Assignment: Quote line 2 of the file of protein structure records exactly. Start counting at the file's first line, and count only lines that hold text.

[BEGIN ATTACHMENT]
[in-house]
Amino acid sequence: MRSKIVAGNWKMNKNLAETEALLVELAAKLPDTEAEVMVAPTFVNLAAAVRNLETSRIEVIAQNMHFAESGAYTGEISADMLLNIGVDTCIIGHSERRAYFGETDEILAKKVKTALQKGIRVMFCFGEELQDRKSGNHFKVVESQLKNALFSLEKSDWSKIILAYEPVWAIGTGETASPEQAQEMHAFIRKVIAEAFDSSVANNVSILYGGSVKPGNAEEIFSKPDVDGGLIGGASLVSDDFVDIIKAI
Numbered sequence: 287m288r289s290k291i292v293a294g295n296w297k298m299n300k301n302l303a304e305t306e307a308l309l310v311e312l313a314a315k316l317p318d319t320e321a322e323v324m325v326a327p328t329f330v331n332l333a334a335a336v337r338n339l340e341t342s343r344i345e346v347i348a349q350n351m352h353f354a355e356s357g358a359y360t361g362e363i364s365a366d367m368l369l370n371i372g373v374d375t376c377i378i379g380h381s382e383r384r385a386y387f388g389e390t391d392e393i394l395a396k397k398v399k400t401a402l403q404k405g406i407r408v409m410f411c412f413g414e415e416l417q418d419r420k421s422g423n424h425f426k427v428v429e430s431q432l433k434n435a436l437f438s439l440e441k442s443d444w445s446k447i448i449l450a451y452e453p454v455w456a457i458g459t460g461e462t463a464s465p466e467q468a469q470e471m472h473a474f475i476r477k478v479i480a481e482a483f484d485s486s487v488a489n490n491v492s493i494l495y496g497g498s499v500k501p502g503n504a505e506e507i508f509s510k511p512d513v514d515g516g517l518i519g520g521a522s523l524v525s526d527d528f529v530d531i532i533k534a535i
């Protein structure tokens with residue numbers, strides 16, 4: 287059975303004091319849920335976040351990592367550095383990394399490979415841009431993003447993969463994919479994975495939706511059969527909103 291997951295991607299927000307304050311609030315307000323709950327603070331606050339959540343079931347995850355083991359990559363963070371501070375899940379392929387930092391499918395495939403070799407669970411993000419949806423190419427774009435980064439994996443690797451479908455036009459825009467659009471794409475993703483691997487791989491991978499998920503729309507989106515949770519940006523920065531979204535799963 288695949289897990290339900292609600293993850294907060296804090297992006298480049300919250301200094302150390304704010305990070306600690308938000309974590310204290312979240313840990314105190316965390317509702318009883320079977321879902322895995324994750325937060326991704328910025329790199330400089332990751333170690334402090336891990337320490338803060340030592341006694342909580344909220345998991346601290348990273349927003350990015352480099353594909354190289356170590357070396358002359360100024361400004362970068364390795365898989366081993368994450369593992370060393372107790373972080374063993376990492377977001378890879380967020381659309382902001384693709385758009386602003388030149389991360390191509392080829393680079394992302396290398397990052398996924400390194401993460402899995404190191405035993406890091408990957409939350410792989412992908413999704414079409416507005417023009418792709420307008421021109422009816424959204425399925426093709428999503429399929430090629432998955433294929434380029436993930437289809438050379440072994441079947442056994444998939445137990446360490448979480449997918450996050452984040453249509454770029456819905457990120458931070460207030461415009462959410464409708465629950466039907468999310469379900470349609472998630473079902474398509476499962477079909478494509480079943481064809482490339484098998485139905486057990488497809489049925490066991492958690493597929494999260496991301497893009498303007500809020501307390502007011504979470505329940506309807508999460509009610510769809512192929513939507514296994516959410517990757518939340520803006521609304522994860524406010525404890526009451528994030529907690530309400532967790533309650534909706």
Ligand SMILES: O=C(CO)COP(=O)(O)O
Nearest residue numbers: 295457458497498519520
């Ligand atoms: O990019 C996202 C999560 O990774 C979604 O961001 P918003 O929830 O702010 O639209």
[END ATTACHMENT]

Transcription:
Amino acid sequence: MRSKIVAGNWKMNKNLAETEALLVELAAKLPDTEAEVMVAPTFVNLAAAVRNLETSRIEVIAQNMHFAESGAYTGEISADMLLNIGVDTCIIGHSERRAYFGETDEILAKKVKTALQKGIRVMFCFGEELQDRKSGNHFKVVESQLKNALFSLEKSDWSKIILAYEPVWAIGTGETASPEQAQEMHAFIRKVIAEAFDSSVANNVSILYGGSVKPGNAEEIFSKPDVDGGLIGGASLVSDDFVDIIKAI